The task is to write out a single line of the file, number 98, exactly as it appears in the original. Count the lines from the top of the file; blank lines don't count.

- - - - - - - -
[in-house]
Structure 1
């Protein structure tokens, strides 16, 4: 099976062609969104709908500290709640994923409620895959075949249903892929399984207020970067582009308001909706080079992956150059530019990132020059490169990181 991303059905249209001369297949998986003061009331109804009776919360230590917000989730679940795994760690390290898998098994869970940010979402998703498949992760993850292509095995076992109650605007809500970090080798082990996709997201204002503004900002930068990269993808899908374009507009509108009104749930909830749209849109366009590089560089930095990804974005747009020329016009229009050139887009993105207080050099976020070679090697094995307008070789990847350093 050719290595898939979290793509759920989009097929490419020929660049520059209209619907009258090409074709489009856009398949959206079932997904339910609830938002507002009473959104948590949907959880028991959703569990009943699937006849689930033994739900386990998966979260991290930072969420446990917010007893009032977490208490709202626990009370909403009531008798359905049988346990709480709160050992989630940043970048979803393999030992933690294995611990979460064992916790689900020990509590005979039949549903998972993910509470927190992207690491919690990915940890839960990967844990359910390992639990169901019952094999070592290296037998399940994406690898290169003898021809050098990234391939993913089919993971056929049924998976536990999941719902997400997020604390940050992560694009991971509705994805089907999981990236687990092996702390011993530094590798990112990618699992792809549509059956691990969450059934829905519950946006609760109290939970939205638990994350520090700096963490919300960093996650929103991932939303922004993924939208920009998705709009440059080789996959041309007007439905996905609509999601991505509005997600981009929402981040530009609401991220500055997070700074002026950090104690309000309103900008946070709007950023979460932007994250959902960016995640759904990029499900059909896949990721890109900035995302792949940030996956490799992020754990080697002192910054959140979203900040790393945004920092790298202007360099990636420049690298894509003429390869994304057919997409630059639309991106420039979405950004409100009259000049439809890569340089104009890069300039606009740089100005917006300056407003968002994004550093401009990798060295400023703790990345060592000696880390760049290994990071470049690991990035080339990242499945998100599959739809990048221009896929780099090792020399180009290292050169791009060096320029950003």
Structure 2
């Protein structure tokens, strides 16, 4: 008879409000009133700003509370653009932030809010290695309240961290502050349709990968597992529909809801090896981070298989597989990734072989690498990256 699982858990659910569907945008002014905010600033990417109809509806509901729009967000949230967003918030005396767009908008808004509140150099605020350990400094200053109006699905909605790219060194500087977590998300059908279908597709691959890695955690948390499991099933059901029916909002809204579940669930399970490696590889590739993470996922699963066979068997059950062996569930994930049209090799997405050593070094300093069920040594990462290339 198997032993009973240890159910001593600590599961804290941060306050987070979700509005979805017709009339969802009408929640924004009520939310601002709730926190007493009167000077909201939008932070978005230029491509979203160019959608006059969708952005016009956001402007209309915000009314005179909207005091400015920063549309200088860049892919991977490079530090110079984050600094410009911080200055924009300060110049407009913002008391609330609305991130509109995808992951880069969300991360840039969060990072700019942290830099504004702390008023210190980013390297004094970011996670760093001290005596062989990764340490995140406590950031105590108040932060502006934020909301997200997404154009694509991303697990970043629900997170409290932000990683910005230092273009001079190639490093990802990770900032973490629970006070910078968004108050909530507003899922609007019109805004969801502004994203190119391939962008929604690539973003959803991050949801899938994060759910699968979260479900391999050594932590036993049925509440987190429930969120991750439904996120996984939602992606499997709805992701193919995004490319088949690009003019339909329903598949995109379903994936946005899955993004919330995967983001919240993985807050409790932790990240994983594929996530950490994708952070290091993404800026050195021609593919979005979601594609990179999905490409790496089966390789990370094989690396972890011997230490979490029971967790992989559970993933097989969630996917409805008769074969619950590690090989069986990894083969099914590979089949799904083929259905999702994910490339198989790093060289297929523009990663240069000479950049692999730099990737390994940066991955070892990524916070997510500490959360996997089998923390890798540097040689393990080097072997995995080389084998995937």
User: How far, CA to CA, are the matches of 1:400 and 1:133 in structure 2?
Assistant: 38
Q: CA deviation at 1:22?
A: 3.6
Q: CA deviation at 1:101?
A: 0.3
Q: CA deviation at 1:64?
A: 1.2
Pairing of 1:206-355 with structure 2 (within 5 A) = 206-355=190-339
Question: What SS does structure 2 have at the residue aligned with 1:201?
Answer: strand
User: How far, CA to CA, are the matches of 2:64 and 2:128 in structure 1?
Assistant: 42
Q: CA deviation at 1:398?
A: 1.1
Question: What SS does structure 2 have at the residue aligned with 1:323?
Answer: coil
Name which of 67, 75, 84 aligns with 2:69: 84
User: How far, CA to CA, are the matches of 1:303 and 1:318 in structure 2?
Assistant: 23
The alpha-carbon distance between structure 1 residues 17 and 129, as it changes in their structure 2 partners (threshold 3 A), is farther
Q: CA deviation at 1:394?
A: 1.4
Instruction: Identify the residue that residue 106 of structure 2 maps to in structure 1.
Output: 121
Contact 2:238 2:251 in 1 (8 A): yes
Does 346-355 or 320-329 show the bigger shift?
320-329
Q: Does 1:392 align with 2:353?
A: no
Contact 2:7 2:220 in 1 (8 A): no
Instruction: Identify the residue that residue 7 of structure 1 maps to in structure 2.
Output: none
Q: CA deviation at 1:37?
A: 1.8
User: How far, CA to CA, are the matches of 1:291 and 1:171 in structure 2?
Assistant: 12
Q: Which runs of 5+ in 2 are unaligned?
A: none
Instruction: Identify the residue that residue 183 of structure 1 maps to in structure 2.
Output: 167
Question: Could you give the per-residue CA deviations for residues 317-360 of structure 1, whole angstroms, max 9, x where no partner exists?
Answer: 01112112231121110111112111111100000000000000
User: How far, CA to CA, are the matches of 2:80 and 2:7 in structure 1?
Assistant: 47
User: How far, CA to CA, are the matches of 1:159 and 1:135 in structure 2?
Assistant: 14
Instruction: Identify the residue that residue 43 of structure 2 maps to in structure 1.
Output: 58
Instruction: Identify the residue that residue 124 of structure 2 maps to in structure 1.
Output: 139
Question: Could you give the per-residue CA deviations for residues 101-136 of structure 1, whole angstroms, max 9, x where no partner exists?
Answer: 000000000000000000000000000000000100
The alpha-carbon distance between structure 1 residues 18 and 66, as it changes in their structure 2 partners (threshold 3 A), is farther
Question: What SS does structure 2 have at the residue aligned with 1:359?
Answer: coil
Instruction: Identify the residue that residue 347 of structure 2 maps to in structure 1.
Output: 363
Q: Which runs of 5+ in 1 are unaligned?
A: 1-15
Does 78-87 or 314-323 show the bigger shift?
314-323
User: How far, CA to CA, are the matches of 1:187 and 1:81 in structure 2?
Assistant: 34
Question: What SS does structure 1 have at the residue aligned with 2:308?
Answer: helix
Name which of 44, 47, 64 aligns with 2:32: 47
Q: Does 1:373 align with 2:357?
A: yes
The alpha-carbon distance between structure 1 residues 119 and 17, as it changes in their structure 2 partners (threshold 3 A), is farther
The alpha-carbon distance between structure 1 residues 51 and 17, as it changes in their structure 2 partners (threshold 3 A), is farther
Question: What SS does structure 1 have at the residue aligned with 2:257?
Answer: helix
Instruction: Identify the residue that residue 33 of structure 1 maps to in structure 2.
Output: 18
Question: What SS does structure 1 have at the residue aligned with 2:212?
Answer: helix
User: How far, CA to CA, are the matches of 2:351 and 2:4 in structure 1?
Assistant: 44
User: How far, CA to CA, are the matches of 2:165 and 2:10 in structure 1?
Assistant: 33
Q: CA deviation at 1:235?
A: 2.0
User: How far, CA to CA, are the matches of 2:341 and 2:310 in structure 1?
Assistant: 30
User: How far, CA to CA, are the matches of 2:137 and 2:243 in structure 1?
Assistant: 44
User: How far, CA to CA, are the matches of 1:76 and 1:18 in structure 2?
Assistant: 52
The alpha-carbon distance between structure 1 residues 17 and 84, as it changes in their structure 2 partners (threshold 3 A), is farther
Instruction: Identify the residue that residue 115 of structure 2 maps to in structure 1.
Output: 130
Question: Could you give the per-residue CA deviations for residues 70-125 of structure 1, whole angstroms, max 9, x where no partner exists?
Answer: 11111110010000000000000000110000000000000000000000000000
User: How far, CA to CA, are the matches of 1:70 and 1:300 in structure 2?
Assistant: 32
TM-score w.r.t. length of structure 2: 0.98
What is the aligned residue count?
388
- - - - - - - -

Question: Could you give the per-residue CA deviations for residues 70-125 of structure 1, whole angstroms, max 9, x where no partner exists?